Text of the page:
A more complex connection will go further and locate an aspect of Ligon’s work with painting. For example, Ligon positions Lorde’s text in the middle of his painting in white and surrounds it with a mottled black. A personal connection would start with, “This reminds me of…” and continue the thought. Perhaps the size and cursive handwriting reminds you of the kinds of questions you might ask privately in your journal or to yourself. Perhaps it reminds you of a time when your question went unheard or was silenced somehow.

Using your dialogic journal work on one complex moment from Lorde’s text or from Ligon’s painting, spend some time making connections between his/her ideas and language and your own life experiences (text to self) and other texts or visual images of which you are reminded (text to text).

A meta-note chart is a helpful scaffolding tool on which to record your thinking for this.

From here, you can move on to making connections between Lorde/Ligon and any other source, be it political, literary, artistic, or otherwise.

Next, using your connections as a springboard, find a way to creatively respond. This will be different for each person and should be specific to the important connections that you discovered. What ideas emerge from your work with connections? How can you manifest your connection to either Ligon or Lorde’s work into a new form?

Your response can take any form that you see fit. Some possibilities: journal or diary entry, poem, painting, short video, short story, letter to Lorde or to Ligon, etc.

After having engaged with connection making and then a response, take a few minutes to look over your work. How did the connections help you to understand Lorde or Ligon’s work more deeply? What unexpected idea or detail do you now see more clearly? What did your work help you to understand about yourself?

Close Reading: Textual / Visual Analysis

Close Reading: Textual / Visual Analysis

Close reading is a multi-layered process that begins with careful observation of the form and language of a text or visual. From the observation work, a close reader moves on to paraphrase and then to generate interpretative possibilities and pose questions. One way to understand this close reading process is as a dialog that unfolds over time between a reader, and a text or visual and between a reader and their thinking.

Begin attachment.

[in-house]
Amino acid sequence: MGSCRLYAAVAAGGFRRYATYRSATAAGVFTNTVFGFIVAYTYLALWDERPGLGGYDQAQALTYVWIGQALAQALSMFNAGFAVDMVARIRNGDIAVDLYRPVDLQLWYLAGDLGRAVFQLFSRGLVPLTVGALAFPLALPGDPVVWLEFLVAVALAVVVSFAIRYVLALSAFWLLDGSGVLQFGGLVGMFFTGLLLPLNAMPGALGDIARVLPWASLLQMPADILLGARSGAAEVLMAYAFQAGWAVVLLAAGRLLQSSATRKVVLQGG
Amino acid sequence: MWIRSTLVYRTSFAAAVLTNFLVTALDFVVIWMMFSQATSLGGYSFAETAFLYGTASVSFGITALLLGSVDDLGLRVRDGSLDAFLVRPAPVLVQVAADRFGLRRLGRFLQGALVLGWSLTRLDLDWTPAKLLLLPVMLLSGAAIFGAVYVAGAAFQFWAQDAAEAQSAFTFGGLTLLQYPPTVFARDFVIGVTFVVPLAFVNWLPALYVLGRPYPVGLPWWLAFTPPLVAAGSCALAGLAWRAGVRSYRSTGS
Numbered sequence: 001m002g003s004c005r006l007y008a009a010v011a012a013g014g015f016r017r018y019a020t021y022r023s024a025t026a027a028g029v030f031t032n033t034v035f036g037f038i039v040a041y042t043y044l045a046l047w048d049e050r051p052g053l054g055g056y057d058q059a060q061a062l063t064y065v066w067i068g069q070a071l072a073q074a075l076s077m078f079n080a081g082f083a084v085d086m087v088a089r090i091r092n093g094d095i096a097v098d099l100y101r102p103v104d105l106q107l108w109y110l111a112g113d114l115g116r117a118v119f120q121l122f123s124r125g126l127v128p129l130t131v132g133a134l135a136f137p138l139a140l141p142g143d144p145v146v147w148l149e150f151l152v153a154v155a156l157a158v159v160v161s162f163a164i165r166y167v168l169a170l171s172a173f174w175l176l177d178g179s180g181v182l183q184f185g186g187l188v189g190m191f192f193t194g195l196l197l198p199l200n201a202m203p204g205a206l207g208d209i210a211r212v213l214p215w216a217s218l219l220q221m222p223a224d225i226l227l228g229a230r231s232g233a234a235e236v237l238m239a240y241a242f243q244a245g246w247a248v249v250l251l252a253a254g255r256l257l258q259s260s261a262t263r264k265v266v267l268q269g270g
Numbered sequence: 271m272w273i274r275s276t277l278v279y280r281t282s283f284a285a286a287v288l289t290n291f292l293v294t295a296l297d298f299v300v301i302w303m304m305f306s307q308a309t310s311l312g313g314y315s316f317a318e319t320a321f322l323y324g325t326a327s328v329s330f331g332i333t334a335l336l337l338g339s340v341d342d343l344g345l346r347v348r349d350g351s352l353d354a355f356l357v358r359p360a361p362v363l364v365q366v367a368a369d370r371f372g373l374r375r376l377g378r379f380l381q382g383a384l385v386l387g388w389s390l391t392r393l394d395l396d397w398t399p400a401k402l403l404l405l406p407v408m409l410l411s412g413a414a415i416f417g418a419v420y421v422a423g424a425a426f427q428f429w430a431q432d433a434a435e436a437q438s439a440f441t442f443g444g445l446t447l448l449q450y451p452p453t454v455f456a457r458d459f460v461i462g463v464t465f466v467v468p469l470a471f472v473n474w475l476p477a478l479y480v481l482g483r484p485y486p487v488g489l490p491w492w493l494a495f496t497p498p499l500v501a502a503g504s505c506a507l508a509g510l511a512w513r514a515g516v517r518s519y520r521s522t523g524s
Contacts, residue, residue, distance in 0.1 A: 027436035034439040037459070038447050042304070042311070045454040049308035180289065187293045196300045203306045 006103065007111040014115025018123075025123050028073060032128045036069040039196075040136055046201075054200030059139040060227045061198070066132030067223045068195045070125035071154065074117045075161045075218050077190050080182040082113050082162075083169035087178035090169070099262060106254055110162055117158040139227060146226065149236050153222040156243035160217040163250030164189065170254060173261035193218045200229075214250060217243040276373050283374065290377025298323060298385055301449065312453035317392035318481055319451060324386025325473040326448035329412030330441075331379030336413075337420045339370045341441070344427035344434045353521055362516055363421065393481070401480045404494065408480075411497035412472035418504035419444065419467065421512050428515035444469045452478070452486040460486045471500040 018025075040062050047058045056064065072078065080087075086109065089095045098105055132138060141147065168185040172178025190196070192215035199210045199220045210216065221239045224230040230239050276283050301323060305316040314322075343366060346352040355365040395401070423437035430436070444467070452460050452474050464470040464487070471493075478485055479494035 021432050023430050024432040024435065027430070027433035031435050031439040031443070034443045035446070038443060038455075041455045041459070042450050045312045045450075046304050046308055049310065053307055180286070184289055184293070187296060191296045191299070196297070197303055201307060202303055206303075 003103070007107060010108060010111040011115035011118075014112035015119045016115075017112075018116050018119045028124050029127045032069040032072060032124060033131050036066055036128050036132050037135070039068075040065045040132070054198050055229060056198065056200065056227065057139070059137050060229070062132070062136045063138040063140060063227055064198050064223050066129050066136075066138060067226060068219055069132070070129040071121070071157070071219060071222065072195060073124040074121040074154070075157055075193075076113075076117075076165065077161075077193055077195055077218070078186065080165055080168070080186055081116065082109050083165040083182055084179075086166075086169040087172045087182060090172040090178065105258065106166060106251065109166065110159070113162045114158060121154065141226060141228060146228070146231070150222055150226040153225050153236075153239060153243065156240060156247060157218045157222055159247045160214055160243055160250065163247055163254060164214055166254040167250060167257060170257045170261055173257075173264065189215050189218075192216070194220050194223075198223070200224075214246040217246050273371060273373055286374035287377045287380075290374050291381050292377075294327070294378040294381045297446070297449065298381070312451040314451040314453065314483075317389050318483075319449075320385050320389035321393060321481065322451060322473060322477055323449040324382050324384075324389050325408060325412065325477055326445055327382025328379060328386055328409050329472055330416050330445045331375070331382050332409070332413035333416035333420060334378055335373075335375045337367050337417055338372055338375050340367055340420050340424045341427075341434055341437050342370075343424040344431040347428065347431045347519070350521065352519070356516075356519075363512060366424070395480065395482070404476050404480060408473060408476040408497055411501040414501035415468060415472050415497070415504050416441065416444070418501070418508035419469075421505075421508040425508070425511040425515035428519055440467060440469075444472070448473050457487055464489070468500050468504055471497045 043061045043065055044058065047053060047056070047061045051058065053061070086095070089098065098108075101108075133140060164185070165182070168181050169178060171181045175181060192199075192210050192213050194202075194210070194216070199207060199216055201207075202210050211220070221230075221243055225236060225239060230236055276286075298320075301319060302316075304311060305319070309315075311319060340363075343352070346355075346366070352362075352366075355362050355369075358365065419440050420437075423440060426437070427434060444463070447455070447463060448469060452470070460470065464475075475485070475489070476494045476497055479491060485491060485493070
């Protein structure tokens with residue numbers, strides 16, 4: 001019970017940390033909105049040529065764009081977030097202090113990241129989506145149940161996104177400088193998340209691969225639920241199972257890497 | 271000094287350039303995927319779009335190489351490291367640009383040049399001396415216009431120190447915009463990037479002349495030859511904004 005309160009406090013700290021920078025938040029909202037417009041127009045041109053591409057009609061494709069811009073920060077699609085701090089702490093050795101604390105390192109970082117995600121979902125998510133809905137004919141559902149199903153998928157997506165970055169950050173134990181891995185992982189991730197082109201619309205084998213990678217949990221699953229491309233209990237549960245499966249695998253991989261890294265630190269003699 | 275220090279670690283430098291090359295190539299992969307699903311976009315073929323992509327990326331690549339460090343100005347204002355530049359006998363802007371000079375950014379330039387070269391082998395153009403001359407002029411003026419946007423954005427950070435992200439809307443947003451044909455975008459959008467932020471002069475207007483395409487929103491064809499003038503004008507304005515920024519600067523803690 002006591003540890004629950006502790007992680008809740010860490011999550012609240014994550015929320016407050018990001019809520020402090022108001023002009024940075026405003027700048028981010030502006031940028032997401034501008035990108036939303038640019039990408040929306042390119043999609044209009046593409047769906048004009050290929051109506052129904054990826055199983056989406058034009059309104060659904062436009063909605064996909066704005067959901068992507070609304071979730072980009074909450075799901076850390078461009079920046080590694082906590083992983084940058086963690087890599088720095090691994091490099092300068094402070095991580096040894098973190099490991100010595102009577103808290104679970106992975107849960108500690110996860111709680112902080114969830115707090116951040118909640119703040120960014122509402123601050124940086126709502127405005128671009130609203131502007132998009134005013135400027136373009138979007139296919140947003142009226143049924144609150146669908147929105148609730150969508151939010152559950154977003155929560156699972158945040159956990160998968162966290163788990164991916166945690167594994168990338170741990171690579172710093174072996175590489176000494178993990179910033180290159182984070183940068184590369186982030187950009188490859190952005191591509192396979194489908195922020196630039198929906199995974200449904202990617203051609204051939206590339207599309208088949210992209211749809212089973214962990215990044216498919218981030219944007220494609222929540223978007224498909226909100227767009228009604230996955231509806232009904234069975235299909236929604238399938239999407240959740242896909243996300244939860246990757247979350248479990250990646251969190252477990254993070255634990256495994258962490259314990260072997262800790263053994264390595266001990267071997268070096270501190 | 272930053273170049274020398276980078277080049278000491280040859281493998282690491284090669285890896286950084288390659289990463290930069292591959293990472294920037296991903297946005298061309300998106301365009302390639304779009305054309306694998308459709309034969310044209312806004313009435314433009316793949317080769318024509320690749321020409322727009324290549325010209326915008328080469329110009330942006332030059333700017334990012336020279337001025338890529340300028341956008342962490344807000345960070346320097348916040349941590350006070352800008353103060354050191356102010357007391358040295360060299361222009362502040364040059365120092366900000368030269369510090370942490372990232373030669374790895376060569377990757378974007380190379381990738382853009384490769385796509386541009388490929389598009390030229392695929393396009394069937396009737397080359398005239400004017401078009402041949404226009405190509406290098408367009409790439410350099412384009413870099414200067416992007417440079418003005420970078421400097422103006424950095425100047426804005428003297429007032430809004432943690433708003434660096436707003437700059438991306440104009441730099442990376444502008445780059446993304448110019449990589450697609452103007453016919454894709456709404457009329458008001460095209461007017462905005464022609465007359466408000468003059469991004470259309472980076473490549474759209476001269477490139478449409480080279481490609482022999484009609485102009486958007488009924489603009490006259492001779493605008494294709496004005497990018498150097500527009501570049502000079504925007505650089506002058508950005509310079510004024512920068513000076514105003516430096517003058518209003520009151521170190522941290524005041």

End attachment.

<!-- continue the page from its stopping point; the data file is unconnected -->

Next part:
Observations about a text or visual image are not immediate; when one circles back through the close reading process, more details are noticed, more interpretive possibilities emerge. This is an iterative process, one that requires the reader to revisit, re-observe, rethink.

Using a Dialogic Journal to Close Read a Text
A dialogic journal is a scaffolding tool that helps structure the close reading process as a dialogue between the reader and their subject. This tool should be used as a first step into the close reading process, one that can be updated and added to as a reader spends more time with the given text or visual image.

Because of the attention to detail required of the close reading process, when working with a text, it’s important to choose a smaller moment from the text (3-5 consecutive sentences or lines).

The reader then writes out each sentence or line and engages with the language part by part. It is important that a reader doesn’t try to interpret or figure out what the language says at first. The reader should spend time making observations of the language's form and noticing the smallest details.

Patterns and strangeness are a useful frame through which to help a close reader with the observations. What kinds of patterns or repetitions can the close reader locate in the language? Perhaps a particular kind of image is repeated, or there is a rhyme scheme. Perhaps a word is repeated or perhaps there is a pattern to the syntax of the line or sentence. Conversely, strangeness is whatever the close reader observes to be odd, out of place, to not make sense; strangeness also marks the places in the language where the patterns are broken. These observations then inform and help build the interpretive possibilities and questions.

Close Reading a Visual
The close reading process for analyzing a visual image works in similar ways to how we analyze a text. Instead of making observations about the formal features of language in a given text (imagery, rhyme, word choice, etc.), observations of a visual image focus on its use of a VISUAL VOCABULARY (use of line, perspective, space, shapes, color, etc.), before moving on to interpretive possibilities and question asking. Here is an example of a visual analysis dialogic journal to help guide you through this process.


Reading Resources: Glenn Ligon was produced by Art Resources Transfer (A.R.T.) in collaboration with Wendy Tronrud (A.R.T. Education Consultant) in summer 2016.

Contributors to Ways of Reading:
Moyra Davey
Tobi Haslett
Byron Kim
Joseph Logan.

Web programming by Jeff Khonsary, with typography by Benedikt Reichenbach.

Copyedited by Sara Jane Stoner.

A.R.T. Staff: Alejandro Cesarco, Kylie Gilchrist, Jo Stewart.

A.R.T. acknowledges the invaluable generosity, assistance, and enthusiasm of all who contributed to Reading Resources production:
LUHRING AUGUSTINE (specially Lauren Wittles and Lisa Vargehese)
A.R.T. Board of Directors
and most specially, Glenn Ligon.

We also acknowledge the assistance and support of institutions who have granted permission for image use:

Copyright © Art Resources Transfer, Inc 2016.

All images are protected under copyright by the original rights holders.

A.R.T. is a 501(c)3 nonprofit.